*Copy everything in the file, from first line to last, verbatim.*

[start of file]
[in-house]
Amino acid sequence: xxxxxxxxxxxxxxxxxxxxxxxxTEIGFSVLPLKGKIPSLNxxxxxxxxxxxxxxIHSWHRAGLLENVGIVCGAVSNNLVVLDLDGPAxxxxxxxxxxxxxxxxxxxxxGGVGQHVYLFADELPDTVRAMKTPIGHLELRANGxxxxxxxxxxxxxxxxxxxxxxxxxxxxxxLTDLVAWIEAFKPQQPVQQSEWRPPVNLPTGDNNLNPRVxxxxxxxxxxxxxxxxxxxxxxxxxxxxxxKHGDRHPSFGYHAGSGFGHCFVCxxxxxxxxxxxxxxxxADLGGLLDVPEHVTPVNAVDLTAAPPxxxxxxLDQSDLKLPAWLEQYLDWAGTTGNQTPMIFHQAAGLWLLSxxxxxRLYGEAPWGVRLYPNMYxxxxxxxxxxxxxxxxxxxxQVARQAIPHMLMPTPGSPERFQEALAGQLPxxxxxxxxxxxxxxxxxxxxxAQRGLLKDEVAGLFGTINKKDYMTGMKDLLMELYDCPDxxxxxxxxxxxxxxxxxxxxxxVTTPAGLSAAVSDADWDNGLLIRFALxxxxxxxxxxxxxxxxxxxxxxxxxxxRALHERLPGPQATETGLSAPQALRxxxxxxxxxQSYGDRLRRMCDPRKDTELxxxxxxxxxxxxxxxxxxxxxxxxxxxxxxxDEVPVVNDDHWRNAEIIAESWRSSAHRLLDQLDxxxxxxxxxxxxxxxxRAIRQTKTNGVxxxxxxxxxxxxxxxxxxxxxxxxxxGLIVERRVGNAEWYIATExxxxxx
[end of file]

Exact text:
[in-house]
Amino acid sequence: xxxxxxxxxxxxxxxxxxxxxxxxTEIGFSVLPLKGKIPSLNxxxxxxxxxxxxxxIHSWHRAGLLENVGIVCGAVSNNLVVLDLDGPAxxxxxxxxxxxxxxxxxxxxxGGVGQHVYLFADELPDTVRAMKTPIGHLELRANGxxxxxxxxxxxxxxxxxxxxxxxxxxxxxxLTDLVAWIEAFKPQQPVQQSEWRPPVNLPTGDNNLNPRVxxxxxxxxxxxxxxxxxxxxxxxxxxxxxxKHGDRHPSFGYHAGSGFGHCFVCxxxxxxxxxxxxxxxxADLGGLLDVPEHVTPVNAVDLTAAPPxxxxxxLDQSDLKLPAWLEQYLDWAGTTGNQTPMIFHQAAGLWLLSxxxxxRLYGEAPWGVRLYPNMYxxxxxxxxxxxxxxxxxxxxQVARQAIPHMLMPTPGSPERFQEALAGQLPxxxxxxxxxxxxxxxxxxxxxAQRGLLKDEVAGLFGTINKKDYMTGMKDLLMELYDCPDxxxxxxxxxxxxxxxxxxxxxxVTTPAGLSAAVSDADWDNGLLIRFALxxxxxxxxxxxxxxxxxxxxxxxxxxxRALHERLPGPQATETGLSAPQALRxxxxxxxxxQSYGDRLRRMCDPRKDTELxxxxxxxxxxxxxxxxxxxxxxxxxxxxxxxDEVPVVNDDHWRNAEIIAESWRSSAHRLLDQLDxxxxxxxxxxxxxxxxRAIRQTKTNGVxxxxxxxxxxxxxxxxxxxxxxxxxxGLIVERRVGNAEWYIATExxxxxx